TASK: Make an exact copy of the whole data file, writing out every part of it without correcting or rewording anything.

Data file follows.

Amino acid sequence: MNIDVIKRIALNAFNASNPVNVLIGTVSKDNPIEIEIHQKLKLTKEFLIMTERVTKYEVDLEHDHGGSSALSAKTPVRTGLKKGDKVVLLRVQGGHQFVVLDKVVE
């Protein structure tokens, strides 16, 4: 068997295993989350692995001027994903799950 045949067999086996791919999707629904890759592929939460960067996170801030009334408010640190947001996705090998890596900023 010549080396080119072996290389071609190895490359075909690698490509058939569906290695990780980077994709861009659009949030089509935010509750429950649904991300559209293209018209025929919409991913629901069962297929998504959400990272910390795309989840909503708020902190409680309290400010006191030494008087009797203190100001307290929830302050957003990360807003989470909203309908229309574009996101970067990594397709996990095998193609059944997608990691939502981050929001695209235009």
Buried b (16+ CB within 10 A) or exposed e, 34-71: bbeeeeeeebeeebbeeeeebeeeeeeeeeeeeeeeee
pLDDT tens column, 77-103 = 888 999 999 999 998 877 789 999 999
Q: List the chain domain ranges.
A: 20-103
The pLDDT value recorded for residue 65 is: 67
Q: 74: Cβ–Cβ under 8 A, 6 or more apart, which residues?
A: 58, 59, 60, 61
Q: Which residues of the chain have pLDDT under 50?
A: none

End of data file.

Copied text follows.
Amino acid sequence: MNIDVIKRIALNAFNASNPVNVLIGTVSKDNPIEIEIHQKLKLTKEFLIMTERVTKYEVDLEHDHGGSSALSAKTPVRTGLKKGDKVVLLRVQGGHQFVVLDKVVE
């Protein structure tokens, strides 16, 4: 068997295993989350692995001027994903799950 045949067999086996791919999707629904890759592929939460960067996170801030009334408010640190947001996705090998890596900023 010549080396080119072996290389071609190895490359075909690698490509058939569906290695990780980077994709861009659009949030089509935010509750429950649904991300559209293209018209025929919409991913629901069962297929998504959400990272910390795309989840909503708020902190409680309290400010006191030494008087009797203190100001307290929830302050957003990360807003989470909203309908229309574009996101970067990594397709996990095998193609059944997608990691939502981050929001695209235009």
Buried b (16+ CB within 10 A) or exposed e, 34-71: bbeeeeeeebeeebbeeeeebeeeeeeeeeeeeeeeee
pLDDT tens column, 77-103 = 888 999 999 999 998 877 789 999 999
Q: List the chain domain ranges.
A: 20-103
The pLDDT value recorded for residue 65 is: 67
Q: 74: Cβ–Cβ under 8 A, 6 or more apart, which residues?
A: 58, 59, 60, 61
Q: Which residues of the chain have pLDDT under 50?
A: none